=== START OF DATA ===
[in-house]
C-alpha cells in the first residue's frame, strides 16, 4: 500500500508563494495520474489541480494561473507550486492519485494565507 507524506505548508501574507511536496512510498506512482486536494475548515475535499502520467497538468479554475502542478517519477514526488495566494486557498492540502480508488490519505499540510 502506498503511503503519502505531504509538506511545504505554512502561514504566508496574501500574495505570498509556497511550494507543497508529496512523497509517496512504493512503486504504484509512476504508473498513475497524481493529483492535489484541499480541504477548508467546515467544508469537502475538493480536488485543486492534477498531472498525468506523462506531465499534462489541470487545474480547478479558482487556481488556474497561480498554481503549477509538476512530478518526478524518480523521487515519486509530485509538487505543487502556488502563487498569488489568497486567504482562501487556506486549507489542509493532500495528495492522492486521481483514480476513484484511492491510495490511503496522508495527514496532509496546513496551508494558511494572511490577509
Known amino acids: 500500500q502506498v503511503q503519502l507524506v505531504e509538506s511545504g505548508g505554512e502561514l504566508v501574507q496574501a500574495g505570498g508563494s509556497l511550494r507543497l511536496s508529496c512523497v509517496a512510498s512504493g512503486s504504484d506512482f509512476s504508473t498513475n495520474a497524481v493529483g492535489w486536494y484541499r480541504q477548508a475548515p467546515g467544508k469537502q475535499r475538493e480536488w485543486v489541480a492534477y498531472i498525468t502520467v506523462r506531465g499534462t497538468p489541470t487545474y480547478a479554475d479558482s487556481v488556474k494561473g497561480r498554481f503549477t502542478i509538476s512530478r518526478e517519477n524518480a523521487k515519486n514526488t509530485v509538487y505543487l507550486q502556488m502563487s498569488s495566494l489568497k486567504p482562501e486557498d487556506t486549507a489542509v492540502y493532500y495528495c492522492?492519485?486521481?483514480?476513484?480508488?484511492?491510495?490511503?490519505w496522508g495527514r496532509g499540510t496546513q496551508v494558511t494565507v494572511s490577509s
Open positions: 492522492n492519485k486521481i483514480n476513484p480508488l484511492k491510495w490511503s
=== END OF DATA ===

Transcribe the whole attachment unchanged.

[in-house]
C-alpha cells in the first residue's frame, strides 16, 4: 500500500508563494495520474489541480494561473507550486492519485494565507 507524506505548508501574507511536496512510498506512482486536494475548515475535499502520467497538468479554475502542478517519477514526488495566494486557498492540502480508488490519505499540510 502506498503511503503519502505531504509538506511545504505554512502561514504566508496574501500574495505570498509556497511550494507543497508529496512523497509517496512504493512503486504504484509512476504508473498513475497524481493529483492535489484541499480541504477548508467546515467544508469537502475538493480536488485543486492534477498531472498525468506523462506531465499534462489541470487545474480547478479558482487556481488556474497561480498554481503549477509538476512530478518526478524518480523521487515519486509530485509538487505543487502556488502563487498569488489568497486567504482562501487556506486549507489542509493532500495528495492522492486521481483514480476513484484511492491510495490511503496522508495527514496532509496546513496551508494558511494572511490577509
Known amino acids: 500500500q502506498v503511503q503519502l507524506v505531504e509538506s511545504g505548508g505554512e502561514l504566508v501574507q496574501a500574495g505570498g508563494s509556497l511550494r507543497l511536496s508529496c512523497v509517496a512510498s512504493g512503486s504504484d506512482f509512476s504508473t498513475n495520474a497524481v493529483g492535489w486536494y484541499r480541504q477548508a475548515p467546515g467544508k469537502q475535499r475538493e480536488w485543486v489541480a492534477y498531472i498525468t502520467v506523462r506531465g499534462t497538468p489541470t487545474y480547478a479554475d479558482s487556481v488556474k494561473g497561480r498554481f503549477t502542478i509538476s512530478r518526478e517519477n524518480a523521487k515519486n514526488t509530485v509538487y505543487l507550486q502556488m502563487s498569488s495566494l489568497k486567504p482562501e486557498d487556506t486549507a489542509v492540502y493532500y495528495c492522492?492519485?486521481?483514480?476513484?480508488?484511492?491510495?490511503?490519505w496522508g495527514r496532509g499540510t496546513q496551508v494558511t494565507v494572511s490577509s
Open positions: 492522492n492519485k486521481i483514480n476513484p480508488l484511492k491510495w490511503s